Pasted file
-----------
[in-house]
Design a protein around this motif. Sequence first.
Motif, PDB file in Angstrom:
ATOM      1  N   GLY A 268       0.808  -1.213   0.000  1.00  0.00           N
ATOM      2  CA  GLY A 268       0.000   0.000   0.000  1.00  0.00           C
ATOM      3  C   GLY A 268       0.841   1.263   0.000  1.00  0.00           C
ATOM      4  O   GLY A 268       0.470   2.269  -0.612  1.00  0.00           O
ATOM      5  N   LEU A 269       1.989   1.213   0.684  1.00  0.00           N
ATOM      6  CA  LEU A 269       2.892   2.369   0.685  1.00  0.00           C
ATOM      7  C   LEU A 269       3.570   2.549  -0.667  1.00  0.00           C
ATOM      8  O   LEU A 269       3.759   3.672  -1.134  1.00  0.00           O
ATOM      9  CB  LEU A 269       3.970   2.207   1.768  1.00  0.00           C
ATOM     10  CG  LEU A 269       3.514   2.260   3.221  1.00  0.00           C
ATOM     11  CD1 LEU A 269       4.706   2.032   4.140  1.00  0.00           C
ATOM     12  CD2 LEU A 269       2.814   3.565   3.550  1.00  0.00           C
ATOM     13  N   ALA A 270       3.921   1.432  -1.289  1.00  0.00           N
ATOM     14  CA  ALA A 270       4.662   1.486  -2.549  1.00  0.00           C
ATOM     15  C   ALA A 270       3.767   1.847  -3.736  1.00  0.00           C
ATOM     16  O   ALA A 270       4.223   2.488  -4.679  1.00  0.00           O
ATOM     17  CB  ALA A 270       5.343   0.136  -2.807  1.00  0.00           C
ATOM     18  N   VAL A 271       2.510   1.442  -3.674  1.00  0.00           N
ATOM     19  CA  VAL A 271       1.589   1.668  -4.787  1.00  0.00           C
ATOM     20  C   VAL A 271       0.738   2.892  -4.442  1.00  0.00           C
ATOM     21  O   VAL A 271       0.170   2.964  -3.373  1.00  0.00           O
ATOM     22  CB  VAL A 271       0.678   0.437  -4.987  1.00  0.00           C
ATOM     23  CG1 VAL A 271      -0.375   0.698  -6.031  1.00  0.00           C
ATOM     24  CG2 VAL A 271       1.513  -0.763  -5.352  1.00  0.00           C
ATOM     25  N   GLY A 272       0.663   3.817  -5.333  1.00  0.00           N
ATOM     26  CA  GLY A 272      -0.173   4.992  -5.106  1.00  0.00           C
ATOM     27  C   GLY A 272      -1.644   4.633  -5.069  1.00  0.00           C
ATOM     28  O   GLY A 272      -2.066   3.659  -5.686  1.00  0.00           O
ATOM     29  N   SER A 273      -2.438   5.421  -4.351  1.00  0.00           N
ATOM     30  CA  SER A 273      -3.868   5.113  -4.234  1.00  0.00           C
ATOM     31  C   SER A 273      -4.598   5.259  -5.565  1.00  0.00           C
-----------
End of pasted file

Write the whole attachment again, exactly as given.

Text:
[in-house]
Design a protein around this motif. Sequence first.
Motif, PDB file in Angstrom:
ATOM      1  N   GLY A 268       0.808  -1.213   0.000  1.00  0.00           N
ATOM      2  CA  GLY A 268       0.000   0.000   0.000  1.00  0.00           C
ATOM      3  C   GLY A 268       0.841   1.263   0.000  1.00  0.00           C
ATOM      4  O   GLY A 268       0.470   2.269  -0.612  1.00  0.00           O
ATOM      5  N   LEU A 269       1.989   1.213   0.684  1.00  0.00           N
ATOM      6  CA  LEU A 269       2.892   2.369   0.685  1.00  0.00           C
ATOM      7  C   LEU A 269       3.570   2.549  -0.667  1.00  0.00           C
ATOM      8  O   LEU A 269       3.759   3.672  -1.134  1.00  0.00           O
ATOM      9  CB  LEU A 269       3.970   2.207   1.768  1.00  0.00           C
ATOM     10  CG  LEU A 269       3.514   2.260   3.221  1.00  0.00           C
ATOM     11  CD1 LEU A 269       4.706   2.032   4.140  1.00  0.00           C
ATOM     12  CD2 LEU A 269       2.814   3.565   3.550  1.00  0.00           C
ATOM     13  N   ALA A 270       3.921   1.432  -1.289  1.00  0.00           N
ATOM     14  CA  ALA A 270       4.662   1.486  -2.549  1.00  0.00           C
ATOM     15  C   ALA A 270       3.767   1.847  -3.736  1.00  0.00           C
ATOM     16  O   ALA A 270       4.223   2.488  -4.679  1.00  0.00           O
ATOM     17  CB  ALA A 270       5.343   0.136  -2.807  1.00  0.00           C
ATOM     18  N   VAL A 271       2.510   1.442  -3.674  1.00  0.00           N
ATOM     19  CA  VAL A 271       1.589   1.668  -4.787  1.00  0.00           C
ATOM     20  C   VAL A 271       0.738   2.892  -4.442  1.00  0.00           C
ATOM     21  O   VAL A 271       0.170   2.964  -3.373  1.00  0.00           O
ATOM     22  CB  VAL A 271       0.678   0.437  -4.987  1.00  0.00           C
ATOM     23  CG1 VAL A 271      -0.375   0.698  -6.031  1.00  0.00           C
ATOM     24  CG2 VAL A 271       1.513  -0.763  -5.352  1.00  0.00           C
ATOM     25  N   GLY A 272       0.663   3.817  -5.333  1.00  0.00           N
ATOM     26  CA  GLY A 272      -0.173   4.992  -5.106  1.00  0.00           C
ATOM     27  C   GLY A 272      -1.644   4.633  -5.069  1.00  0.00           C
ATOM     28  O   GLY A 272      -2.066   3.659  -5.686  1.00  0.00           O
ATOM     29  N   SER A 273      -2.438   5.421  -4.351  1.00  0.00           N
ATOM     30  CA  SER A 273      -3.868   5.113  -4.234  1.00  0.00           C
ATOM     31  C   SER A 273      -4.598   5.259  -5.565  1.00  0.00           C